Crashland – Chapter 15, Now Appearing At Story Time!

by F4U DraconiX

Hello all! After another brief hiatus, thing at Story Time are on the move once again! My apologies for anyone who actually follows Crashland, but due to multiple obligations, I find it takes me longer to update this story these days. Nevertheless, chapter 15 is now available and ready for your votes.

Last time, Holden was told that his best friend in the Exigencies cell was in a coma, and that the team’s doctor was dead. Team leader Kurzweil, who had never been a fan of Holden’s, said he was to blame and his time with them was coming to an end. After leaving Holden with this terrible news, he ordered Molya to make the call.

His choices were simple. Administer an overdose of hydromorphone and kill Holden, administer a sedative that would put him in a coma, or take him to a side tunnel and put a bullet in him. Faced with those choices, readers were asked to make a choice of their own. Would Molya a) disobey and help William escape, b) try to reason with Kurzweil, c) kill William or d) put him in a coma?

Audiences voted and the choice was clear: Molya would try to reason with Kurzweil for Holden’s life. Come on by and see what comes of that. Then stick around and vote on what happens next. It’s all happening over at Story Time.me

New Movie: Elysium!

Yet another cool aspect of the recent Comic Con was the trailers for new movies previews that fans were treated to. One such movie was Neil Blomkamp’s (director of District 9) new film, entitled Elysium. According to IO9 magazine, the movie stars Matt Damon in the lead role and is scheduled for release in 2013.

Based on the video reel Blomkamp offered, the movie is still very much in development. Rough place holders had to stand in for many of the visual effects, which are as of yet incomplete. However, the fans were given a precis of the storyline, which is decidedly dystopian and cyberpunk in nature.

Set in 2159, the plot revolves around the eponymously named space station of Elysium, an apparently utopian retreat where the ultra-rich and beautiful live and have access to the most advanced medical technology. The rest of humanity lives planet-side, where overcrowding, disease and radiation have resulted from overpopulation and pollution. Enter into this Max (Matt Damon), a criminal who’s suffering from radiation sickness and must make it to Elysium’s medical facilities at all costs.

In time, Max’s mission becomes complicated as he comes into information which could shut down Elysium and usher in an age of equality for the human race, or at least a less polarized division of wealth. Additional concept art was also released, like an interior shot of the station featured below. Given the layout, Elysium appears to be based on an Island Three design, a circular space station and rotates to provide gravity. Echoes of 2001: A Space Odyssey there. Good for Blomkamp, referencing a classic!

Additional cast members will include Jodie Foster, District 9‘s Sharlto Copley, and Alice Braga (of City of God, Predators, Repo Men and I Am Legend fame). Think I might catch this one!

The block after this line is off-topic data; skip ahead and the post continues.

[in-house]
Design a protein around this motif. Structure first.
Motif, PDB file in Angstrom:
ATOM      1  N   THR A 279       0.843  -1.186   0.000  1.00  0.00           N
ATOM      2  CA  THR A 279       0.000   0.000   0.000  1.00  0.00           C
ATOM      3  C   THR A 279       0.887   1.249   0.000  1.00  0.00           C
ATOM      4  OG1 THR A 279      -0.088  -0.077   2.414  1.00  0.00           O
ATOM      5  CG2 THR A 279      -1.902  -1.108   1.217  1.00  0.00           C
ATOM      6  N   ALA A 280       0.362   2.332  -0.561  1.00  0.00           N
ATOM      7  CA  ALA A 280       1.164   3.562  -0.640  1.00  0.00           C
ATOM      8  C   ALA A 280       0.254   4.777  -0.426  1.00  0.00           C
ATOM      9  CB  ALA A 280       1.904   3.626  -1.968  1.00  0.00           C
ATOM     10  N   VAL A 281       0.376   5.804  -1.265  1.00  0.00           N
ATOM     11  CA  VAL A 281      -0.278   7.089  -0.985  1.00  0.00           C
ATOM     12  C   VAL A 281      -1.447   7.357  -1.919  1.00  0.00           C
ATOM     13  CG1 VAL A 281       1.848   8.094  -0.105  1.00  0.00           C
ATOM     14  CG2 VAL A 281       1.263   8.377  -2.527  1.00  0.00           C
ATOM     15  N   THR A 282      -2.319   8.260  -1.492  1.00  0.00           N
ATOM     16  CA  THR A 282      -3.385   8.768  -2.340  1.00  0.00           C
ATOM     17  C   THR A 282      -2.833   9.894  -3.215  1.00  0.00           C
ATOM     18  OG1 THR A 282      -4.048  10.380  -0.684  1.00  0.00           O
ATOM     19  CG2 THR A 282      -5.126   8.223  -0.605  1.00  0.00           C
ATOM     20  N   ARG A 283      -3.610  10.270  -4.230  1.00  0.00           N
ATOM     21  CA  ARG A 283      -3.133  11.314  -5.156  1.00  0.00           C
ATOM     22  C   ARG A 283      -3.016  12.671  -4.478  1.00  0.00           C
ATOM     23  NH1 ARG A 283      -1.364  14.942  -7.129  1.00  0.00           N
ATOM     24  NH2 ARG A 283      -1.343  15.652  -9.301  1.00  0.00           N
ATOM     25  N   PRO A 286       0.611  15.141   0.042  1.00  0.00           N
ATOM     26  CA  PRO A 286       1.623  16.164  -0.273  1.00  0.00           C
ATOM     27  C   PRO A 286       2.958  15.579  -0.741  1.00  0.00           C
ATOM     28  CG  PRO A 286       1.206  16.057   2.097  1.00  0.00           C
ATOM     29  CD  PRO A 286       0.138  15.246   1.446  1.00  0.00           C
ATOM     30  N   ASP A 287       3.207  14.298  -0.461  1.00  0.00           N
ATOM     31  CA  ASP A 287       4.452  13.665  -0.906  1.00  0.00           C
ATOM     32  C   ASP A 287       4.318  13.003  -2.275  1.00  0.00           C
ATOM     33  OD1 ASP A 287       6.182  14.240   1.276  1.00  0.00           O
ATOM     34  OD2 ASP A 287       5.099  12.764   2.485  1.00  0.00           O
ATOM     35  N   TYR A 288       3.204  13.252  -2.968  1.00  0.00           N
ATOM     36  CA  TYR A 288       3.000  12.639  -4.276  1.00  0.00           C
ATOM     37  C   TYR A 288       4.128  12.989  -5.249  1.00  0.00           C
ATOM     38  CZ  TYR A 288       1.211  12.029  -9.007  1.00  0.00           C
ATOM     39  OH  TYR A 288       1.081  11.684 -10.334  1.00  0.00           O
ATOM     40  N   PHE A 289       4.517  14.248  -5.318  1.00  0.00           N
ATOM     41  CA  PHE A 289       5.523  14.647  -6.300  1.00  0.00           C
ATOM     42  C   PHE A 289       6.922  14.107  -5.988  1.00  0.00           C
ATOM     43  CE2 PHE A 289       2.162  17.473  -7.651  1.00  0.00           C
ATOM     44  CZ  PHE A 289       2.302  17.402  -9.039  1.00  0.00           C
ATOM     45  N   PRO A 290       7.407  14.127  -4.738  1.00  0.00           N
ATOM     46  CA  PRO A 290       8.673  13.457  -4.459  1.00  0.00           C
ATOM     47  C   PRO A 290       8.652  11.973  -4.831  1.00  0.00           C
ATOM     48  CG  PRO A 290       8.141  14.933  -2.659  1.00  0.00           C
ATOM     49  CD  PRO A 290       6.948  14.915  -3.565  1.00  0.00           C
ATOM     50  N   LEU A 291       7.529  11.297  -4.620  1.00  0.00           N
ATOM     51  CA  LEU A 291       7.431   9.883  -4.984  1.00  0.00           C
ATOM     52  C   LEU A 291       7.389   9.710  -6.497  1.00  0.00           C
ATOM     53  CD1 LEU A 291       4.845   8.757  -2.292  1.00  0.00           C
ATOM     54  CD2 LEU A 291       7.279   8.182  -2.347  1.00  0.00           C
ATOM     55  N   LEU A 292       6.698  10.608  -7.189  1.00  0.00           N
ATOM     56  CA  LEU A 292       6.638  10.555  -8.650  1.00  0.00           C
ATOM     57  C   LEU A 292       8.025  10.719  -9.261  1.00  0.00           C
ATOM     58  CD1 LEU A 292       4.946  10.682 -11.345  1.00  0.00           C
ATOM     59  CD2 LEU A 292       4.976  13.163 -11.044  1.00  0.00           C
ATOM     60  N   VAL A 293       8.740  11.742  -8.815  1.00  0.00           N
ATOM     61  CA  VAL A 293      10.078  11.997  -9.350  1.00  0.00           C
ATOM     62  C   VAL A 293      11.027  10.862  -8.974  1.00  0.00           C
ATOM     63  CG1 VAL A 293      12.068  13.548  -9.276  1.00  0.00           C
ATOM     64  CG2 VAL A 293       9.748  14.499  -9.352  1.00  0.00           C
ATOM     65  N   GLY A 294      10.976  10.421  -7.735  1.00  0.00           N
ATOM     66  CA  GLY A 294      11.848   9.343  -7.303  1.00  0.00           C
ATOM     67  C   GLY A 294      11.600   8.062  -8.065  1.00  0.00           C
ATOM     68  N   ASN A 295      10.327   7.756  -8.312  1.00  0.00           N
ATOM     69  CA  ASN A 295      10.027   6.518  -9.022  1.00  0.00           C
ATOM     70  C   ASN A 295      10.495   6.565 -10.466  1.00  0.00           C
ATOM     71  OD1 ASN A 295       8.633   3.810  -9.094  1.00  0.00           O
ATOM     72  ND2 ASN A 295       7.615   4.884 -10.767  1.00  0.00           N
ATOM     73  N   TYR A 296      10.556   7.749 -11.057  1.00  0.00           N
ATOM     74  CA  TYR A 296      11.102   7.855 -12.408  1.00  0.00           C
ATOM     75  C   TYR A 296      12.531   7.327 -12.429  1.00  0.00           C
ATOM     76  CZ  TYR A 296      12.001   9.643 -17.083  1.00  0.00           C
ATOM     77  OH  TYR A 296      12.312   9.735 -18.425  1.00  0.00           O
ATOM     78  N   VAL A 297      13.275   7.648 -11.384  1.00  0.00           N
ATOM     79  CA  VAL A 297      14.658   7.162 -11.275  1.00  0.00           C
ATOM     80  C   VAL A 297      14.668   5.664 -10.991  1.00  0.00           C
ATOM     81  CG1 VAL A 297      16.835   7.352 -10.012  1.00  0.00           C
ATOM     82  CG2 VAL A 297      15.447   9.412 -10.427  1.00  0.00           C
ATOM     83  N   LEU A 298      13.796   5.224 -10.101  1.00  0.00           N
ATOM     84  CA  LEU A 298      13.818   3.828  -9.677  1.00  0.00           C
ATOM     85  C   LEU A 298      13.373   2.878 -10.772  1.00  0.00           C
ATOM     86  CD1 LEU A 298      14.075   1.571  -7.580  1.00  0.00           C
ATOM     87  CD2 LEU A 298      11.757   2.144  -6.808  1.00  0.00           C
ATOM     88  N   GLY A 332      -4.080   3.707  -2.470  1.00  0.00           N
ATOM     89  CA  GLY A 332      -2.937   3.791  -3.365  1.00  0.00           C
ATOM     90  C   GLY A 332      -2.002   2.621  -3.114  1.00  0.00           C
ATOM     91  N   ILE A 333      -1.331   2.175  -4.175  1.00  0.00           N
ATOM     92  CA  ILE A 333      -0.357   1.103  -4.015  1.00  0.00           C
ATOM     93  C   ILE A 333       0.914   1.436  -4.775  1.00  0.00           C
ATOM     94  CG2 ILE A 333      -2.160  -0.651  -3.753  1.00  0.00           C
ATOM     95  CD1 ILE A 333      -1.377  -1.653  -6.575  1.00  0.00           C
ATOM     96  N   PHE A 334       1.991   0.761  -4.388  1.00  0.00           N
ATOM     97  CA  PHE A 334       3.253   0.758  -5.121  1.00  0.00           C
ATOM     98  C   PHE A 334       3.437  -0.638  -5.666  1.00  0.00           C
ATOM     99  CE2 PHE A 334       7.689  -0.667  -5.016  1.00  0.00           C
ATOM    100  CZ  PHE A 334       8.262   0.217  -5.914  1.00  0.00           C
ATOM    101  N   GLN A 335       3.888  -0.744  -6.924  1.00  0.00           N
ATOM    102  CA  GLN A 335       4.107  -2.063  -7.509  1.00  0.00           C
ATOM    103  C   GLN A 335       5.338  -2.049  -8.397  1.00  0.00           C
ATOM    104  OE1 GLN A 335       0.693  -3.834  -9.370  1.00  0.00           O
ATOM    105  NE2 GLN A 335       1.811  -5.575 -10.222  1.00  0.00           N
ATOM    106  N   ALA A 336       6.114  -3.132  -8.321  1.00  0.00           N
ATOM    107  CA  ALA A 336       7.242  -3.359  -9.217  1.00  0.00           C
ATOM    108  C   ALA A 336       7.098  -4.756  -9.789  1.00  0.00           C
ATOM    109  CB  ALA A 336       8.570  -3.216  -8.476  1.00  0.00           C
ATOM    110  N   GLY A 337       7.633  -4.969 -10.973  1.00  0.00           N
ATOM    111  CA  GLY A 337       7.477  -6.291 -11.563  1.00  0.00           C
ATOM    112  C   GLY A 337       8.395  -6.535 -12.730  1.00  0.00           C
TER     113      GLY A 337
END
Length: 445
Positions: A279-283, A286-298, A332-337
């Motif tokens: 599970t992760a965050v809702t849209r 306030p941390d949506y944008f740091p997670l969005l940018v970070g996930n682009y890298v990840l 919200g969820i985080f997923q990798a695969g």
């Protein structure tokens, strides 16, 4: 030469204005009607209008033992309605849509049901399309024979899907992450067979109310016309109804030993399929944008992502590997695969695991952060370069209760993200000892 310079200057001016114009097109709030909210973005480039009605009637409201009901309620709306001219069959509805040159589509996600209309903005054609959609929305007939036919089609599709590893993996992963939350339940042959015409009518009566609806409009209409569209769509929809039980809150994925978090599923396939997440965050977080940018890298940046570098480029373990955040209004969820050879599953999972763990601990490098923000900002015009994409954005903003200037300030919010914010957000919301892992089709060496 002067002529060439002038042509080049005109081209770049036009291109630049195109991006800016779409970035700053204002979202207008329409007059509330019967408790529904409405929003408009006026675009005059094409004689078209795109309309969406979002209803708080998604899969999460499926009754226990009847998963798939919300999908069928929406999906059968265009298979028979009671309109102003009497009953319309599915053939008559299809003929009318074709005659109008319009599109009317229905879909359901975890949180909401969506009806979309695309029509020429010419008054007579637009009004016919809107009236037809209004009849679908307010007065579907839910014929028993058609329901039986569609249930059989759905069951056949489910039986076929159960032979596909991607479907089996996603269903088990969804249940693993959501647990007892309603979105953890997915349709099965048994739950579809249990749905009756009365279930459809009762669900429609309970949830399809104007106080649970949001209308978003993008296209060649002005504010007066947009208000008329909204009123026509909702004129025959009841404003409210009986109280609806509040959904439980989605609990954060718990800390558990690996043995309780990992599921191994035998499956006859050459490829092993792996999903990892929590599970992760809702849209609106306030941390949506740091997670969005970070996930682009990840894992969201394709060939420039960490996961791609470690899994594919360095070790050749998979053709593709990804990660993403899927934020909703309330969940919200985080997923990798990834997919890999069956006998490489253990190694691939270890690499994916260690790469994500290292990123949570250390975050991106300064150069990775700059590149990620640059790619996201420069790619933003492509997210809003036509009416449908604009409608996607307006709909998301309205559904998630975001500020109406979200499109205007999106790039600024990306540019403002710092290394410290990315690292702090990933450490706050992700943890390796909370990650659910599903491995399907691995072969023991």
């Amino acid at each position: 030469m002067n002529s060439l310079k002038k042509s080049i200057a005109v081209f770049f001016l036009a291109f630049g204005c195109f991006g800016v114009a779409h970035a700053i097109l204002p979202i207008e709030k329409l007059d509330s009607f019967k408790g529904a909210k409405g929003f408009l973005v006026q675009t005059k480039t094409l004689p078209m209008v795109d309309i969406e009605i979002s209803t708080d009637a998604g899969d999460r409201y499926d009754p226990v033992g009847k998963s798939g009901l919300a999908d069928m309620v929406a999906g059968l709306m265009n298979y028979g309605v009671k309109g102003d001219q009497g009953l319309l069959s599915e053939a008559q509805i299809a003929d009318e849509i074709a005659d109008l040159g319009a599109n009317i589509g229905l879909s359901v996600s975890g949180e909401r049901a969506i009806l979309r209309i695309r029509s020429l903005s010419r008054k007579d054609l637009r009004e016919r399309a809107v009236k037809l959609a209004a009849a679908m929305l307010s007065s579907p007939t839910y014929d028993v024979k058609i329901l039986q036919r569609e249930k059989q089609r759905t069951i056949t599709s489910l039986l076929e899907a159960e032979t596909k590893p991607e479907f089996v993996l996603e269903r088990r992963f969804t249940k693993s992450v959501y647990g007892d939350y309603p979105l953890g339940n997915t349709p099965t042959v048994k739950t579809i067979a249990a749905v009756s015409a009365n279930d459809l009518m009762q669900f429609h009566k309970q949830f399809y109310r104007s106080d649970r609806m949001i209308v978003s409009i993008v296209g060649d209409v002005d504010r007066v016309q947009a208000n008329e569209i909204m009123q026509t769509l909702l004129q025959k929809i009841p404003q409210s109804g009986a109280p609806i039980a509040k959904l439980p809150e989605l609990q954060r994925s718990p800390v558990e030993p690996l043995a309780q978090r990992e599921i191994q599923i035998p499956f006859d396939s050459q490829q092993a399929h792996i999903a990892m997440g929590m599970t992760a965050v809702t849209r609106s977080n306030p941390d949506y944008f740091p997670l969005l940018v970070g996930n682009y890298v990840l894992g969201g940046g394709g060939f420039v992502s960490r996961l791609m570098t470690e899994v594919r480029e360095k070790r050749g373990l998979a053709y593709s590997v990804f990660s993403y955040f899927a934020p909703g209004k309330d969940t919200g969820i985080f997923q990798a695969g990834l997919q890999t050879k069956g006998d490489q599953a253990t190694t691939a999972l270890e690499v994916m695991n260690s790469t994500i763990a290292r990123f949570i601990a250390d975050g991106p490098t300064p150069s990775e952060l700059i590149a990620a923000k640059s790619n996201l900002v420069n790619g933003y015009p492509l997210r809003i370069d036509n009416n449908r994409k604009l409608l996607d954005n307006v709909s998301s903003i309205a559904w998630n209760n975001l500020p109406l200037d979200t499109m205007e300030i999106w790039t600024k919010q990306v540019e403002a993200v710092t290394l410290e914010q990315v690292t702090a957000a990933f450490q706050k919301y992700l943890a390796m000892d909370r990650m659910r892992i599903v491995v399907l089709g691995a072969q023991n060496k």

The Future is Here!: VR Contact Lenses

Not long ago, it was Google who introduced eye pieces that could project augmented reality into a person’s visual field. Known as Google Glasses, they sure seemed futuristic, didn’t they? And yet, it seems someone else has gone a step farther. The Defense Advanced Research Projects Agency’s (aka. DARPA) own researchers, based in Washington’s Innovega iOptiks.

The concept calls for contact lenses that enhance normal vision by allowing a wearer to view virtual and augmented reality images without the need for bulky apparatus. One of the obvious advantages of this is the ability to get around easily while interacting with virtual images. But in addition, they also will help a person focus on both near and distant objects.

Developed as part of DARPA’s “Soldier Centric Imaging via Computational Cameras” (SCENICC) program, the objective was to create a device that could enhance a soldier’s vision, allow them to access information, while still being highly ergonomic and portable. But of course, the line between military and civilian applications is always a fine one, with inventions trickling down to the street all the time. Very soon, these could be making their way onto the shelves of the Apple store. I can see it now… the new eyePhone!

No word yet as to how these things are powered, like if they have some kind of battery. Where would that go? Are these things solar powered? Unclear at this time. Regardless, as someone who is near-sighted, a big fan of cyberpunk, and damn eager to try out some augmented reality, I’ll be looking to get me some as soon as they’re available!

Happy Canada Day!

Hello and welcome to my Canada Day post! As it is the True North’s national birthday – commemorating the day when the original provinces came together and agreed on Confederation, the first act of national building and quasi-declaration of independence – I thought it fitting that I do a post honoring Canada’s contribution to the field of science fiction. The list is extensive, contrary to what you might you think, and includes some of the most critically acclaimed examples of literature, film and television in this genre. But like most things Canadian, it suffers from a potential lack of recognition. Well, I, as a patriotic (but not nationalistic!) individual, shall do my part to promote. Hell, one day I want to be on this list, so I better make sure people know about it 😉